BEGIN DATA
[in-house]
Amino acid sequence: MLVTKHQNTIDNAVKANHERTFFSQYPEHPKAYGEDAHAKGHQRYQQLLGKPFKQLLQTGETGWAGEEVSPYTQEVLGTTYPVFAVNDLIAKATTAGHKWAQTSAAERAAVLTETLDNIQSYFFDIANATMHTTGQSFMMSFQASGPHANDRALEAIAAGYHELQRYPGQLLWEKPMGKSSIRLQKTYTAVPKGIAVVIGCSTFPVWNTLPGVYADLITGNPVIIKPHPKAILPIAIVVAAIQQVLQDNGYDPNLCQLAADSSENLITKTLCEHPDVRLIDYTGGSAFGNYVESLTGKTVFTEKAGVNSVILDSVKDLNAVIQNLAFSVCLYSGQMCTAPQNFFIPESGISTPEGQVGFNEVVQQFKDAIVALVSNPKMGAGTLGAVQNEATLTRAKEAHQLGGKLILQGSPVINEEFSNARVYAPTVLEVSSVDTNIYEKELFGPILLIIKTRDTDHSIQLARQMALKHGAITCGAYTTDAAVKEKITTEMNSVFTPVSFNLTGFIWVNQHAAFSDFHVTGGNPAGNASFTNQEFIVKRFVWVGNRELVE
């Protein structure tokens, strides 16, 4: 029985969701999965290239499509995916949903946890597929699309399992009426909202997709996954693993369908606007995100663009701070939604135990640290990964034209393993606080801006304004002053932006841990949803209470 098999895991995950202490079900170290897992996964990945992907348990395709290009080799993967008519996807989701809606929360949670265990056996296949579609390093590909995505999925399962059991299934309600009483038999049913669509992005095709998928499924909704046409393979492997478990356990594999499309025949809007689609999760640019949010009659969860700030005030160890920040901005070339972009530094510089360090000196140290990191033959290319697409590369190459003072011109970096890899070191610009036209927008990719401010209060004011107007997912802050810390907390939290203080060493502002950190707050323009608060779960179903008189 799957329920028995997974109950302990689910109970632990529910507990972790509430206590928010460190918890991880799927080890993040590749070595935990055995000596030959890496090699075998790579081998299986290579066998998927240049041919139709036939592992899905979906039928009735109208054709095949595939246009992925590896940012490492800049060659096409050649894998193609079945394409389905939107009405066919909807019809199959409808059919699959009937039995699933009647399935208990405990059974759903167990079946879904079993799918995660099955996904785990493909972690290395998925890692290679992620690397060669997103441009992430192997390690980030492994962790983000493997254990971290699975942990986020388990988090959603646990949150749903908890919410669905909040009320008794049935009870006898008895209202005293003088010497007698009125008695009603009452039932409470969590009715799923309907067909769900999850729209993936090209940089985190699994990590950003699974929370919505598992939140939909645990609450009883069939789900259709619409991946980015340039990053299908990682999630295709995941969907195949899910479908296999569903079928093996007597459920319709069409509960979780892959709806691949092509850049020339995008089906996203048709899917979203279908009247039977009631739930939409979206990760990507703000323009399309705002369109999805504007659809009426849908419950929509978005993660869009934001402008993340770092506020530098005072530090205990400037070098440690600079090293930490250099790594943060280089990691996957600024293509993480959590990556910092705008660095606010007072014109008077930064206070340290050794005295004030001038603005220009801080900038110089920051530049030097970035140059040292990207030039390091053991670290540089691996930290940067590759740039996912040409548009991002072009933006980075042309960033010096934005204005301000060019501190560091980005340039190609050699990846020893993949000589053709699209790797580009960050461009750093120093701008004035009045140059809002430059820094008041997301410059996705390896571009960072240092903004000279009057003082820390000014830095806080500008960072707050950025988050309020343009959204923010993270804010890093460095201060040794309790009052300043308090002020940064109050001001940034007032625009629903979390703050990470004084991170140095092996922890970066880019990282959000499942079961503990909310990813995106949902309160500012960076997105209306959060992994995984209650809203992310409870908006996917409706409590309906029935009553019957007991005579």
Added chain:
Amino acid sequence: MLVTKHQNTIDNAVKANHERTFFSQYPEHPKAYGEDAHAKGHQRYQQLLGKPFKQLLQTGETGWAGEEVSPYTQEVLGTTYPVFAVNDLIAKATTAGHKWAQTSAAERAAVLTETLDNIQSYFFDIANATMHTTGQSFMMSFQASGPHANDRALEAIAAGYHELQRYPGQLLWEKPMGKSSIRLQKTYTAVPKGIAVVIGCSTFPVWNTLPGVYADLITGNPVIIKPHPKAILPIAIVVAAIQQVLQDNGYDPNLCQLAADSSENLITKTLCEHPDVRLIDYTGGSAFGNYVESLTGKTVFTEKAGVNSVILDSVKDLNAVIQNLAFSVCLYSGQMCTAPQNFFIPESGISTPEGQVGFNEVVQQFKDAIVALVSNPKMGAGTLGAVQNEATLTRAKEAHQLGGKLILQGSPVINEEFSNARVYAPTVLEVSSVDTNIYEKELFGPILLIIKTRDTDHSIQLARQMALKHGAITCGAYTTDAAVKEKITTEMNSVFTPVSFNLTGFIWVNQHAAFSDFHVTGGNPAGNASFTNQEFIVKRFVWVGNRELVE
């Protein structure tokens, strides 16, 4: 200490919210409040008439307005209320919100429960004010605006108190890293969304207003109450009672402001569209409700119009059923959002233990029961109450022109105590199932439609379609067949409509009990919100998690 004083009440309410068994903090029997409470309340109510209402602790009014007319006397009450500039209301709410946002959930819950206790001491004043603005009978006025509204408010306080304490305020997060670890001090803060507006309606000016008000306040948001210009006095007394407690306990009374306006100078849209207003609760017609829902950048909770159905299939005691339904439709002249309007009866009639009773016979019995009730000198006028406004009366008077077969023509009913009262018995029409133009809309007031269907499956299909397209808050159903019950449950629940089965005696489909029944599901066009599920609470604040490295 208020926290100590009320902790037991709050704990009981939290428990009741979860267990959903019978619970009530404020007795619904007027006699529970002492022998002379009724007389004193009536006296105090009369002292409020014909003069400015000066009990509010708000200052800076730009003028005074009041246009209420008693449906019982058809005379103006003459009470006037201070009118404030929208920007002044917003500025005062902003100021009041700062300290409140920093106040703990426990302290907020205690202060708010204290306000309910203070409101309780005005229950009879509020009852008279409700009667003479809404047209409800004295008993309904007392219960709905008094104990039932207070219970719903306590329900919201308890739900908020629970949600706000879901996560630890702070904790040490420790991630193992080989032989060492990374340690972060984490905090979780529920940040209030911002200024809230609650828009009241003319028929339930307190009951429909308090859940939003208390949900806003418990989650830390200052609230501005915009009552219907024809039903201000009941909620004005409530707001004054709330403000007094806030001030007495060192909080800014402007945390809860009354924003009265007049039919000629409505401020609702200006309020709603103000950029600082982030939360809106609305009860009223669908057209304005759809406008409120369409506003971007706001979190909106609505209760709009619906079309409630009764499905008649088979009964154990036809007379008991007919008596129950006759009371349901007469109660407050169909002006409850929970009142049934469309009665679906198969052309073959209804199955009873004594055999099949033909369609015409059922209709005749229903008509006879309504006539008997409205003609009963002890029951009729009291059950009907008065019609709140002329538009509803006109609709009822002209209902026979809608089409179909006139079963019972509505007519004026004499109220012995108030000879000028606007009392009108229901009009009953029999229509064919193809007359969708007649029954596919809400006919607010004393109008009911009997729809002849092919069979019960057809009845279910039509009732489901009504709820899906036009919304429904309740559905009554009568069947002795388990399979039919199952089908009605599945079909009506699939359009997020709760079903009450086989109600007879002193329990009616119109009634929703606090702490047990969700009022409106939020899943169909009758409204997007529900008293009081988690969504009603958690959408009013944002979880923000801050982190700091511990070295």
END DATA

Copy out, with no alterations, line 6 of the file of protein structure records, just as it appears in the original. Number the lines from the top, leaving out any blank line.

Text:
């Protein structure tokens, strides 16, 4: 200490919210409040008439307005209320919100429960004010605006108190890293969304207003109450009672402001569209409700119009059923959002233990029961109450022109105590199932439609379609067949409509009990919100998690 004083009440309410068994903090029997409470309340109510209402602790009014007319006397009450500039209301709410946002959930819950206790001491004043603005009978006025509204408010306080304490305020997060670890001090803060507006309606000016008000306040948001210009006095007394407690306990009374306006100078849209207003609760017609829902950048909770159905299939005691339904439709002249309007009866009639009773016979019995009730000198006028406004009366008077077969023509009913009262018995029409133009809309007031269907499956299909397209808050159903019950449950629940089965005696489909029944599901066009599920609470604040490295 208020926290100590009320902790037991709050704990009981939290428990009741979860267990959903019978619970009530404020007795619904007027006699529970002492022998002379009724007389004193009536006296105090009369002292409020014909003069400015000066009990509010708000200052800076730009003028005074009041246009209420008693449906019982058809005379103006003459009470006037201070009118404030929208920007002044917003500025005062902003100021009041700062300290409140920093106040703990426990302290907020205690202060708010204290306000309910203070409101309780005005229950009879509020009852008279409700009667003479809404047209409800004295008993309904007392219960709905008094104990039932207070219970719903306590329900919201308890739900908020629970949600706000879901996560630890702070904790040490420790991630193992080989032989060492990374340690972060984490905090979780529920940040209030911002200024809230609650828009009241003319028929339930307190009951429909308090859940939003208390949900806003418990989650830390200052609230501005915009009552219907024809039903201000009941909620004005409530707001004054709330403000007094806030001030007495060192909080800014402007945390809860009354924003009265007049039919000629409505401020609702200006309020709603103000950029600082982030939360809106609305009860009223669908057209304005759809406008409120369409506003971007706001979190909106609505209760709009619906079309409630009764499905008649088979009964154990036809007379008991007919008596129950006759009371349901007469109660407050169909002006409850929970009142049934469309009665679906198969052309073959209804199955009873004594055999099949033909369609015409059922209709005749229903008509006879309504006539008997409205003609009963002890029951009729009291059950009907008065019609709140002329538009509803006109609709009822002209209902026979809608089409179909006139079963019972509505007519004026004499109220012995108030000879000028606007009392009108229901009009009953029999229509064919193809007359969708007649029954596919809400006919607010004393109008009911009997729809002849092919069979019960057809009845279910039509009732489901009504709820899906036009919304429904309740559905009554009568069947002795388990399979039919199952089908009605599945079909009506699939359009997020709760079903009450086989109600007879002193329990009616119109009634929703606090702490047990969700009022409106939020899943169909009758409204997007529900008293009081988690969504009603958690959408009013944002979880923000801050982190700091511990070295």